On the bottom plate 19 of the casing, two guide plates 20 and 21 are secured, one on each side of the toothed segments 4. Said guide plates are fastened by means of two bolts 22 secured to the casing and function as guide flange 18 on the associated toothed segment 4 during the turning of the toothed segment; The toothed wheels turn around an imaginary common aXis which is perpendicular to the'plane of the staple and passes through the center of the same. The shoulders move in sub stantially the same paths as the prongs so that each prong turns around an axis which at the beginning of the driving operation lies on the central line of the supporting tongue and is displaced during the driving operation towards the prong so that the turning radii of the prongs decrease successively.
The staple container projects backwardly from the casing of the machine and is for reasons of clarity not included in FIG. 9. The container is, however, shown in perspective in FIG. 7 and in section in FIG. IOand' houses a plurality of staples preferably connected to form a strip of staples. As appears in FIG. 7, the bottom plate of the container is provided at its frontend with a tongue 6 serving as an underlying support for the staple during the driving operation. The width of the supporting tongue 6 is somewhat smaller than the length of the fiattened central portion of the staple.
FIG. 10 shows a view from the rear of the stapling machine with a section of the staple container. It appears from this figure in which manner the aforementioned bar '7 is arranged to retain, in cooperation with the tongue 6, the central portion of the staple during the driving operation. Said bar 7 is guided in a guide channel (not shown) and a cross bar 23 is rive'tedon' bar 7.
Cross bar 23 and thus the bar 7 is actuated by means of a cam plate 24 secured to one of theoperating arms 10 and supported on the shaft 9. Cam plate 24 abuts the cross bar 23 and the bar 7 is pressed downwards when the operating arms are actuated. Cross bar 23may be returned in any conventional manner means (not shown) to its starting position. The angular turning of the cam plate 24 during the driving operation is shown by the arrow in FIG. 10. 7
When a staple is to be driveninto the materials to be stapled together, the free ends of the operating arms 10 are moved towards each other whereby the toothed segments 4 are caused to rotate in opposite directions so that the shoulders 3 on said toothed segments commence the driving of the staple prongs into the materials. At the same time the cam plate 24 fastened to the one operating arm is rotated in such a manner that the bar 7 is moved to its lower position in which it retains the staple to be driven between itself and the tongue 6 of the container. In the beginning phase of the driving operation, the staple prongs are turned around an axis running in the longitudinal direction of the container through the center of said tongue 6. In the course of the driving operation, however, the axes of rotation of the staple prongs are shifted towards the lateral edges of the supporting tongue whereby the turning radii of the staple prongs decrease successively.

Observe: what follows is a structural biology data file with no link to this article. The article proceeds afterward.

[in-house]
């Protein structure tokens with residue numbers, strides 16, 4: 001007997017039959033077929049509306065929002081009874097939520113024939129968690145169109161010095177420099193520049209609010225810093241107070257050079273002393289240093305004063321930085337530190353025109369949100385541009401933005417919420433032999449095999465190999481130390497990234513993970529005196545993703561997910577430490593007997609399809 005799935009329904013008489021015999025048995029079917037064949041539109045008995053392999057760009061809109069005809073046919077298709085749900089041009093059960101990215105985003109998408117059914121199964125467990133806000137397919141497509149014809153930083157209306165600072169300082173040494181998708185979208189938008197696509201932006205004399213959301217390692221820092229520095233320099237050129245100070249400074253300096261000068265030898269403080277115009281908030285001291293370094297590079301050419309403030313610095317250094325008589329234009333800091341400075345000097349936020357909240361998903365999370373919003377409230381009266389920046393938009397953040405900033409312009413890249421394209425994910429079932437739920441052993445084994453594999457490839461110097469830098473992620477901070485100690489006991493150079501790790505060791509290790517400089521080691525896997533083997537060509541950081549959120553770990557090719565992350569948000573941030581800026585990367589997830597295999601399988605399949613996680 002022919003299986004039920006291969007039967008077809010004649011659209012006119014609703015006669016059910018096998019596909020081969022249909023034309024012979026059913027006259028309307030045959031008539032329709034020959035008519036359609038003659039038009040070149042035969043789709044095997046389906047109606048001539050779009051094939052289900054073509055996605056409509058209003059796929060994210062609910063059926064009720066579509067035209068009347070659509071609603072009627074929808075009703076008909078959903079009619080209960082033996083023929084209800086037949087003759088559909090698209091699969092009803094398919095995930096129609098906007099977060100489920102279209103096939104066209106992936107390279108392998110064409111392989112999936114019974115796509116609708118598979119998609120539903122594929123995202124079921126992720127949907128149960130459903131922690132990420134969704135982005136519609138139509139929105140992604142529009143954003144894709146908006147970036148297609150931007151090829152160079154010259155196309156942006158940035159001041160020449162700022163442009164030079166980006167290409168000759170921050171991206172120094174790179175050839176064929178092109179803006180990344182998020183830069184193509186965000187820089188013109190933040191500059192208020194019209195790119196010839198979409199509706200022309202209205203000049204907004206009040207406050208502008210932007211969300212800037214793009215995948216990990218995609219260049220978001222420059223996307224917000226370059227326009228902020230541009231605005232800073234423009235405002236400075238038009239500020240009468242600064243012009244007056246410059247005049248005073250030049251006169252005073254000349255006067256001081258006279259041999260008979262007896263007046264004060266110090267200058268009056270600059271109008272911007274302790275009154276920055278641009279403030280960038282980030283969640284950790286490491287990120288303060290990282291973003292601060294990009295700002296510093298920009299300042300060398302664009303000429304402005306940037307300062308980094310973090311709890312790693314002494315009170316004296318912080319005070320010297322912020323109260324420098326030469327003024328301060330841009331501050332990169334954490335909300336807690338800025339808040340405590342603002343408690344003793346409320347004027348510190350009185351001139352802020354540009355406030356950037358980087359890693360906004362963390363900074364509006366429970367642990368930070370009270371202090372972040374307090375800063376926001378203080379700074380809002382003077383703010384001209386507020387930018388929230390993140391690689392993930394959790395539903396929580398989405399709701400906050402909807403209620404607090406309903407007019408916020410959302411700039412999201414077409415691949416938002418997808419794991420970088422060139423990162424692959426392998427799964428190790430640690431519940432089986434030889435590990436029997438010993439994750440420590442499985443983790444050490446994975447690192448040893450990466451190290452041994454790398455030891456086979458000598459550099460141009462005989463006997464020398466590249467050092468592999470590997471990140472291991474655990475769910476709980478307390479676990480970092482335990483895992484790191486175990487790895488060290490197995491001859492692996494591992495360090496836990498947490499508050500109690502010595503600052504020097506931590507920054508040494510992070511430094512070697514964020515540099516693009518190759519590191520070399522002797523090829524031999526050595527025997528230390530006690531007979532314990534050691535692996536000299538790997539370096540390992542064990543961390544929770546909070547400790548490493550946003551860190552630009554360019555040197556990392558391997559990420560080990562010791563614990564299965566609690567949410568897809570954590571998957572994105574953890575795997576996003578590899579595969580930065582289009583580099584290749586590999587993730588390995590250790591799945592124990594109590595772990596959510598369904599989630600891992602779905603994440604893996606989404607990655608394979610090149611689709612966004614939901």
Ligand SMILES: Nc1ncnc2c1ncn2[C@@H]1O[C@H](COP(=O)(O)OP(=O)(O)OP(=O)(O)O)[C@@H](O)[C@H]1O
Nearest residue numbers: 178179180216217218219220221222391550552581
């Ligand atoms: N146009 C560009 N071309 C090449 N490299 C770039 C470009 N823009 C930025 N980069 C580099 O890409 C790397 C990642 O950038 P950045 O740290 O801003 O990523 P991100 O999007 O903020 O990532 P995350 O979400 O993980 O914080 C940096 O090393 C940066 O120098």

Immediately before the driving operation is completed, the central portion of the staple is entirely flat. During the last phase of the driving operation the outer ends of the central portion are bent around the tongue as clearly appears from FIG. 5.
The staple according to the invention is preferably manufactured of metal wire but also other materials may. be used. Owing to the design of the staple described above and the method of driving the staple, the prongs are given a turning angle exceeding degrees so that a stapling effect is obtained which is greater than heretofore possible with known staples and according to known driving methods.
The specification refers only to one embodiment of the stapling machine for carrying out the method. It is obvious however that the scope of the invention includes the possibility of many variations.
What is claimed is:
A staple comprising a central portion having a smoothly curving horseshoe shape and including upwardly directed extremities, said extremities being spaced at a distance which is less than the maximum breadth of said central portion, said central portion having tangents at said extremities which converge to intersect at a point above the central portion, downwardly directed prongs connected to the extremities of the central portion, said prongs being of arcuate clinched-staple shape and including terminal portions adaptedfor being driven into material to be stapled, said prongs having a length such that a line joining said terminal portions is tangent to the horseshoe shaped central portion, said prongs entering the material to be stapled with the central portion flattened in a stapling operation, said prongs rotating through an angle greater than ninety degrees and remaining in their original shape during flattening of said central portion.
References Cited in the file of this patent UNITED STATES PATENTS 1,625,957 Reed Apr. 26, 1927 1,868,100 Goodstein July 19, 1932 1,910,688 Goodstein May 23, 1933 1,945,377 Posnack Jan. 30, 1934 2,908,086 Sorenson July 16, 1935 2,054,548 Matveyefi Sept. 15, 1936 2,142,782 Gillette Jan. 3, 1939 2,178,354 Brownstein Oct. 31, 1939 2,746,042 Turner May 22, 1956 2,775,764 Maynard Ian. 1, 1957